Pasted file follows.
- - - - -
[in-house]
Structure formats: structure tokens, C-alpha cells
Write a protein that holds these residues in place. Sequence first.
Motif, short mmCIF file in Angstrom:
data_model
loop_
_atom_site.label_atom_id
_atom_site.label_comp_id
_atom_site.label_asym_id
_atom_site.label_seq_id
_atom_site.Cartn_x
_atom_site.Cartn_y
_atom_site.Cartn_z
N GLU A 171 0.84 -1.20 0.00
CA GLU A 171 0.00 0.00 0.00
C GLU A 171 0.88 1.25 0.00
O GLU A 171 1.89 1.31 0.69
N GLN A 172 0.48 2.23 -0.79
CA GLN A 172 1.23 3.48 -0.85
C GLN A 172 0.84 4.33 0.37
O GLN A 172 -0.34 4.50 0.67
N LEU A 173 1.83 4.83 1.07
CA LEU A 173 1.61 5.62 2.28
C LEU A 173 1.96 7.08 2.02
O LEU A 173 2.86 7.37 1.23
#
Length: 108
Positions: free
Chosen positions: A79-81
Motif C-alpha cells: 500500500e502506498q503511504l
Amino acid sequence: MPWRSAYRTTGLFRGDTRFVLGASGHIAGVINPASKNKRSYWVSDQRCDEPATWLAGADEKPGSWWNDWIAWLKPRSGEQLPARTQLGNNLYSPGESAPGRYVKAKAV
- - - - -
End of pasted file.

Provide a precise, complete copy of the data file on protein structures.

[in-house]
Structure formats: structure tokens, C-alpha cells
Write a protein that holds these residues in place. Sequence first.
Motif, short mmCIF file in Angstrom:
data_model
loop_
_atom_site.label_atom_id
_atom_site.label_comp_id
_atom_site.label_asym_id
_atom_site.label_seq_id
_atom_site.Cartn_x
_atom_site.Cartn_y
_atom_site.Cartn_z
N GLU A 171 0.84 -1.20 0.00
CA GLU A 171 0.00 0.00 0.00
C GLU A 171 0.88 1.25 0.00
O GLU A 171 1.89 1.31 0.69
N GLN A 172 0.48 2.23 -0.79
CA GLN A 172 1.23 3.48 -0.85
C GLN A 172 0.84 4.33 0.37
O GLN A 172 -0.34 4.50 0.67
N LEU A 173 1.83 4.83 1.07
CA LEU A 173 1.61 5.62 2.28
C LEU A 173 1.96 7.08 2.02
O LEU A 173 2.86 7.37 1.23
#
Length: 108
Positions: free
Chosen positions: A79-81
Motif C-alpha cells: 500500500e502506498q503511504l
Amino acid sequence: MPWRSAYRTTGLFRGDTRFVLGASGHIAGVINPASKNKRSYWVSDQRCDEPATWLAGADEKPGSWWNDWIAWLKPRSGEQLPARTQLGNNLYSPGESAPGRYVKAKAV